After spending a few days immersed in St. Vincent’s brilliant new album Actor, it was probably inevitable that I’d develop a hunger for a particular type of pop thrill from the late ‘60s – not bubblegum or Motown or overt psychedelia, but hooky, full-blast radio songs made by craftsmen who’d been listening to (and assimilating) the ideas of the rock elite. There were a lot of bands working that general terrain – the Rascals, the Lovin’ Spoonful. And the Grass Roots.
Nobody mistakes the Grass Roots for high art. But during a long run on the charts that began in 1966, this group (actually several groups, owing to constantly shifting personnel) cranked out an impressive string of sunny, smartly harmonized, almost desperately optimistic singles. Among them: “Sooner or Later,” “Temptation Eyes,” “Let’s Live For Today.” They’re love songs, mostly, expressions of an innocent, idyllic bliss that seems downright quaint today. But the tunes themselves, gathered on this decent compilation, endure surprisingly well – watch out, because these streamlined, downright infectious melodies are powerful enough to beam you back to a time when love, and a good solid hook, really was all you needed.
Don't believe me? Check this version of "Midnight Confessions," from 1968.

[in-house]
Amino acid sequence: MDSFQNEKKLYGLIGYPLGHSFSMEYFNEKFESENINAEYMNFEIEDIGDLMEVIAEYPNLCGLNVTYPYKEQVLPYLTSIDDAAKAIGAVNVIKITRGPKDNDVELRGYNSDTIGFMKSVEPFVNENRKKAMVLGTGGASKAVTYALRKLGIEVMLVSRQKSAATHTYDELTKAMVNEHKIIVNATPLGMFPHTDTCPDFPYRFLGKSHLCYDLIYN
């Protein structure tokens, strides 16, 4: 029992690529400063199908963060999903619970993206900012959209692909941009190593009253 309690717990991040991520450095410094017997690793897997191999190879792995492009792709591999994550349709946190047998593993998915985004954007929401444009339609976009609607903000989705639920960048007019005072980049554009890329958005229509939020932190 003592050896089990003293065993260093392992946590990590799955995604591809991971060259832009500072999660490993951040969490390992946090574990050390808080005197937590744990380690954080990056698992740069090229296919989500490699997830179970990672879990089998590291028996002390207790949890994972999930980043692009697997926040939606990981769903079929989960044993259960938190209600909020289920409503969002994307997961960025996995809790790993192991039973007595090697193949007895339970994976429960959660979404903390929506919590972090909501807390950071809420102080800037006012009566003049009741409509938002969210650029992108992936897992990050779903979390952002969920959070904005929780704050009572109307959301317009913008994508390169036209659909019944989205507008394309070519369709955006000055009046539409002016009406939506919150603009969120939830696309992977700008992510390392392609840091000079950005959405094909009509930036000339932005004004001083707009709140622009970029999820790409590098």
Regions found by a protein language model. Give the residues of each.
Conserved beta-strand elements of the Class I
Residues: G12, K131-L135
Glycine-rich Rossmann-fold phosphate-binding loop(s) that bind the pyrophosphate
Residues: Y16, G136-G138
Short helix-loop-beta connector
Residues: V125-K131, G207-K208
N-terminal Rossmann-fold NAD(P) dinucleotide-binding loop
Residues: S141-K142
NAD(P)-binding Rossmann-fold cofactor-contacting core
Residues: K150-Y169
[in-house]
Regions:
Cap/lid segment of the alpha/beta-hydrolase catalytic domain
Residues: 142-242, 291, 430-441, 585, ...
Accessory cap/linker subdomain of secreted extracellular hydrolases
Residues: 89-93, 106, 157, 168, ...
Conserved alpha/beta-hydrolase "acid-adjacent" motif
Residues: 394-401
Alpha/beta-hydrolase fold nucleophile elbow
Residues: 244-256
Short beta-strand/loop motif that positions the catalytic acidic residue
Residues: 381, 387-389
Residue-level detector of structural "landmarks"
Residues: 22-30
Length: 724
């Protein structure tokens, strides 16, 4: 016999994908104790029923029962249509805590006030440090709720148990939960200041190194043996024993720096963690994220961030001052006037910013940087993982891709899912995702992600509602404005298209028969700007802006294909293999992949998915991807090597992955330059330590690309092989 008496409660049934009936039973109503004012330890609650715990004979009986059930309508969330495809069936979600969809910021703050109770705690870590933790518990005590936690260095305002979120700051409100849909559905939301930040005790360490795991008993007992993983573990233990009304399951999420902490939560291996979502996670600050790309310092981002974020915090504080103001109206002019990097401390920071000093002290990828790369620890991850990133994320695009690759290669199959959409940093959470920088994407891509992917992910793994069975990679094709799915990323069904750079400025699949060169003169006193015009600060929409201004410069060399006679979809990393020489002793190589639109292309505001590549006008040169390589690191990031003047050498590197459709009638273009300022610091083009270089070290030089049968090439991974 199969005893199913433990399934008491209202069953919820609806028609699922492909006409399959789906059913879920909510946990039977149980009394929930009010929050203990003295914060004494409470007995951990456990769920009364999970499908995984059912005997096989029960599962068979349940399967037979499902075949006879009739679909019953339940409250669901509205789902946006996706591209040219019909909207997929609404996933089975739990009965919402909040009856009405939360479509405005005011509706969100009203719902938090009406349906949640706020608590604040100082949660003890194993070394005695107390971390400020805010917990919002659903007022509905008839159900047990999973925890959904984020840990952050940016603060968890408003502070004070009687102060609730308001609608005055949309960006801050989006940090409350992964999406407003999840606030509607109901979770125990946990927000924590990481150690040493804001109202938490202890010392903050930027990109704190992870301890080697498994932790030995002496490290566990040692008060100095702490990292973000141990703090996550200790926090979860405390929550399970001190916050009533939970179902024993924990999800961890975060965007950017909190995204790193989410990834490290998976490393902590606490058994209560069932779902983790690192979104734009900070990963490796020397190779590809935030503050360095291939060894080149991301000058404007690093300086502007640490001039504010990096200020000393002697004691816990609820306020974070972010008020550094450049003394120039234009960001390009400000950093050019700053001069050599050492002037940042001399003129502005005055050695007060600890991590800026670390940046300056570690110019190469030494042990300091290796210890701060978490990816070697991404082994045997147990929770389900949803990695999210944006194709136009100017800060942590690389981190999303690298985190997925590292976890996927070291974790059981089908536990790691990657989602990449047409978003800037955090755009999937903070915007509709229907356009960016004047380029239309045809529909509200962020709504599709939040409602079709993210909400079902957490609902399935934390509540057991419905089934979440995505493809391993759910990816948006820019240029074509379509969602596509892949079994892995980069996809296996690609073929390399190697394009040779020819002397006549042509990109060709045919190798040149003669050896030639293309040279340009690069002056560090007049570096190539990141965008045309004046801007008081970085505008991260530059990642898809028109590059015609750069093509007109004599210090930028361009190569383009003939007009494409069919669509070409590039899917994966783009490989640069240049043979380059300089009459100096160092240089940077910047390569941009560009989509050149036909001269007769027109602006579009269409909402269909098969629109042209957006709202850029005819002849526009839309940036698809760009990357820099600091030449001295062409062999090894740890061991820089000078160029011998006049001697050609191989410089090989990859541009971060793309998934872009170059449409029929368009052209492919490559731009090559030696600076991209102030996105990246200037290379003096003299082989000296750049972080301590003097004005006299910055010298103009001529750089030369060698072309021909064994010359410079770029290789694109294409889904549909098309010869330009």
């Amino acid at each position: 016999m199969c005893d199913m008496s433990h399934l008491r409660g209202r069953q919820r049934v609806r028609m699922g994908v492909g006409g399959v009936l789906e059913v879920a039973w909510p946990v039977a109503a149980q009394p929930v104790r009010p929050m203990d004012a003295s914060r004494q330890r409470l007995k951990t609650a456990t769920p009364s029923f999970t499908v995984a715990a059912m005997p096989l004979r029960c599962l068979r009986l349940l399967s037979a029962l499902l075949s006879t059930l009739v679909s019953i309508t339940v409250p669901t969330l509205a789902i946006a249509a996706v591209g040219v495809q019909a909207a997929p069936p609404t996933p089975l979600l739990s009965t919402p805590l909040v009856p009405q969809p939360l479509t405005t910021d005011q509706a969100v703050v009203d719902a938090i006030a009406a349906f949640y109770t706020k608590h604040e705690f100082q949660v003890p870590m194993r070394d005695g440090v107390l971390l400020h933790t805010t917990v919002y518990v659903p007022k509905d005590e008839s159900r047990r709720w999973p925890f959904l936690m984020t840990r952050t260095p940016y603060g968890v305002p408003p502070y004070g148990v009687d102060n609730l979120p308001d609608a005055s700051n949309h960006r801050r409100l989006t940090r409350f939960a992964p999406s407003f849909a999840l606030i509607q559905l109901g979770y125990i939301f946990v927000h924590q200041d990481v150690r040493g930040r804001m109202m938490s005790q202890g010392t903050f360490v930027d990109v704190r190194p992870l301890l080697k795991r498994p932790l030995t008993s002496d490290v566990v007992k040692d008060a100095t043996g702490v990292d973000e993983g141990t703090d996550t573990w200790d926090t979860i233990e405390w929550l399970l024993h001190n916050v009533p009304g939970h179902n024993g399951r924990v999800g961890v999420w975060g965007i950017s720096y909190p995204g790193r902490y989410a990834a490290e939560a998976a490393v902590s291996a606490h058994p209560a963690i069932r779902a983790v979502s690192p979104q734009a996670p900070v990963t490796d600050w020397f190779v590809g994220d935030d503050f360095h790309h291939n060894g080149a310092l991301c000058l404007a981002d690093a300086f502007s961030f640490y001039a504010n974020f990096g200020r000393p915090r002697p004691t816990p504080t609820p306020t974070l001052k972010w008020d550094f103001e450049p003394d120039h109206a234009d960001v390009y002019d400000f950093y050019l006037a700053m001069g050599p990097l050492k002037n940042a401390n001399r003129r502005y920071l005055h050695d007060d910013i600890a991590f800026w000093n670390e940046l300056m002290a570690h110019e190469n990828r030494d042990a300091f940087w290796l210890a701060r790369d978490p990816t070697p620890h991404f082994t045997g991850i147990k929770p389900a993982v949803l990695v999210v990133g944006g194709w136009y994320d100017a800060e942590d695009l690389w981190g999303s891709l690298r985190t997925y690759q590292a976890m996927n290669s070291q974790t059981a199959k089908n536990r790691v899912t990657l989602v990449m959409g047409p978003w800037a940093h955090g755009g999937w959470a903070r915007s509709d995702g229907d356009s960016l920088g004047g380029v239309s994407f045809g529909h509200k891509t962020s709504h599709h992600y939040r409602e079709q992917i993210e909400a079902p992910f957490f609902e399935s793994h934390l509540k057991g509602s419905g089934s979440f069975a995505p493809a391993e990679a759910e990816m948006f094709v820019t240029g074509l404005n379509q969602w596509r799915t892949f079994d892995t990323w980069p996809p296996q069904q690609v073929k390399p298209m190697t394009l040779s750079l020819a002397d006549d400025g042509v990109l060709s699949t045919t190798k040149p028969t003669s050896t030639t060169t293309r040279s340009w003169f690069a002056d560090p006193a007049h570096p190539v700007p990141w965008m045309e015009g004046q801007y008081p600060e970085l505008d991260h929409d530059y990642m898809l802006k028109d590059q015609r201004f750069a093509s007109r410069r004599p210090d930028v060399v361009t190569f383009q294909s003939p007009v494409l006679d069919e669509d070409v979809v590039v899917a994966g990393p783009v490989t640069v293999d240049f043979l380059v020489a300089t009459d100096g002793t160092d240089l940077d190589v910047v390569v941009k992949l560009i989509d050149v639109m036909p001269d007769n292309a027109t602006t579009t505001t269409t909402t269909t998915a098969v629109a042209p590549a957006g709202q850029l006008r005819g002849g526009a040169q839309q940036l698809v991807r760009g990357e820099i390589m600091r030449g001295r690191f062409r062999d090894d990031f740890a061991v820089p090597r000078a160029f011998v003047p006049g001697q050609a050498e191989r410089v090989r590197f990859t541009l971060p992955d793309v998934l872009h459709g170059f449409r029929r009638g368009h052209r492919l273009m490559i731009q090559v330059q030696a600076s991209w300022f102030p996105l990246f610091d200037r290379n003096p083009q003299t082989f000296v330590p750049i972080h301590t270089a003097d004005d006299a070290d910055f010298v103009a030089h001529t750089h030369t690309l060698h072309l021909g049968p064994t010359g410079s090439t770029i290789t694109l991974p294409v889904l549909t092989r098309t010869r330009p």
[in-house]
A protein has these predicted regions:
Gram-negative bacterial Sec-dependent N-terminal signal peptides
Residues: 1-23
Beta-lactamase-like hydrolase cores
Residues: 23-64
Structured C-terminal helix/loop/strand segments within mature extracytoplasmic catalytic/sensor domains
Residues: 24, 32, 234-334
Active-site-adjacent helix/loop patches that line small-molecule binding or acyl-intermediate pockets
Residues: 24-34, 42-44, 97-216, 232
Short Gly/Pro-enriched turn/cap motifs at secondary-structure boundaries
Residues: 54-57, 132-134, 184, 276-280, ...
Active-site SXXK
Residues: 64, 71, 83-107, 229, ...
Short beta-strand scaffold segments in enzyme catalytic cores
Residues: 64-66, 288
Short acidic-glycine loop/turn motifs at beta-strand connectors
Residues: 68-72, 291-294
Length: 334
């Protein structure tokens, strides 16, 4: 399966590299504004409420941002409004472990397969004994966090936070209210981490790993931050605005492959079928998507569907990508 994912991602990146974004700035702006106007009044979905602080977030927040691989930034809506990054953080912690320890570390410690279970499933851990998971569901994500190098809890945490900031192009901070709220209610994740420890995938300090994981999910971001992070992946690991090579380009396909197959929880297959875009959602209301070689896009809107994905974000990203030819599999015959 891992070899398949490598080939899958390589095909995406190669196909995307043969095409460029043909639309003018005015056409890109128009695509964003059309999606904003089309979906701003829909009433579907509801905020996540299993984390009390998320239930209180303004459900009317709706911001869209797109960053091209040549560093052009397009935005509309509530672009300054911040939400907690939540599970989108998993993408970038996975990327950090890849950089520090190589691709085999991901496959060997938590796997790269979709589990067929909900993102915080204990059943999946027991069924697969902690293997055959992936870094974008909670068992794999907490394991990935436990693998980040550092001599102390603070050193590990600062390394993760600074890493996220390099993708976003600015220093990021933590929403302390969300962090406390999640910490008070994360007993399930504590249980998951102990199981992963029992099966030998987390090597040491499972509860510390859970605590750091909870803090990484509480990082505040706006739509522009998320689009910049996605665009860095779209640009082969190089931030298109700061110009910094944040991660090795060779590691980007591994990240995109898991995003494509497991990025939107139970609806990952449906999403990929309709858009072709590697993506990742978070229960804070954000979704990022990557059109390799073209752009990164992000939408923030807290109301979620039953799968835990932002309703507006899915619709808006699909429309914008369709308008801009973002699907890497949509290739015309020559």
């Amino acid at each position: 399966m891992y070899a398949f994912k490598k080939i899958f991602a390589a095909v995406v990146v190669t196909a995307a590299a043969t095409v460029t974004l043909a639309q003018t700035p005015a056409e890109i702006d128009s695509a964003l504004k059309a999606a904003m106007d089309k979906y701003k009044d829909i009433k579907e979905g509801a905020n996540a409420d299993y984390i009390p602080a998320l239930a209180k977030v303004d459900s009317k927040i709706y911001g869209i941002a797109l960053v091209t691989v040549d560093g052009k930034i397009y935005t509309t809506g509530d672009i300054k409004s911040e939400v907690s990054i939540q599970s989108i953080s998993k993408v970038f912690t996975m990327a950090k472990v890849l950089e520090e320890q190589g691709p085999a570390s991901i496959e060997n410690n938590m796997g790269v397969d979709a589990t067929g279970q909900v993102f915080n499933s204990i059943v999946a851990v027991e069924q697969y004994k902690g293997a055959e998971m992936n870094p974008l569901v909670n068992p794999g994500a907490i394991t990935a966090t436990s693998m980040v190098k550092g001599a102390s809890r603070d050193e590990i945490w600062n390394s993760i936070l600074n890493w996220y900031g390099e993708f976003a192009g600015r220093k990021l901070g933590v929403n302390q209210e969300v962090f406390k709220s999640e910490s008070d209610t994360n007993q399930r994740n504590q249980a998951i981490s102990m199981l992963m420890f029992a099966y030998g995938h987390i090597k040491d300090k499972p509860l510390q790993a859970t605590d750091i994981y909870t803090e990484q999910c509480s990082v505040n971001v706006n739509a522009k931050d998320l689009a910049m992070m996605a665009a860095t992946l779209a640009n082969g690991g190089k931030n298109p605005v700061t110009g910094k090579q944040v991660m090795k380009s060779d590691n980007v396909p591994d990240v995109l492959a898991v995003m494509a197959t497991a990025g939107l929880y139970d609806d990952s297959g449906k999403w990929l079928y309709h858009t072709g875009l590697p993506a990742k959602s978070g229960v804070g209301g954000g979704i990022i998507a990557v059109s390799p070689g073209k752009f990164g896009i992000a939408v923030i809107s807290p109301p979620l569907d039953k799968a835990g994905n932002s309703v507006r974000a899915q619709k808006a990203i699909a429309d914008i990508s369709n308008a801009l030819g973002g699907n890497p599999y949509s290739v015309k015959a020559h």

#1 from Steve di Costanzo, Redding, CT - 05/05/2009 11:34
Hi Tom: Will just have to pull out some vintage vinyl tonight! Thanks for coming on Radio Base Camp tonight on WPKN 89.5 FM in Bridgeport, CT.
#2 from fds - 05/06/2009 8:18
I miss real pop music.
#3 from Dofang - 05/07/2009 1:56
The guitarist on the left should be Creed Bratton, best known today as “Creed” in the NBC show “The Office.” I say “should,” since they barely show him!
#4 from fds - 05/08/2009 7:08
wow insane call
#5 from Adam, New Jersey - 05/08/2009 9:05
I think these are all variants of “blue eyed soul.” I’d put The Box Tops in there. And the Rascal’s great hit, Good Lovin, is a cover of the Olympics.
Is this a palatable ‘60s version of white soul for a top 40 audience just as the 50s gave us Pat Boone covering Little Richard. I don’t think so. Another interesting point here is who is coming out of these groups: Lou Reed worked in the Brill Building. Donald Fagen and Walter Becker wrote songs like this and toured with, who, Jay Black and the Americans. Very, very subversive.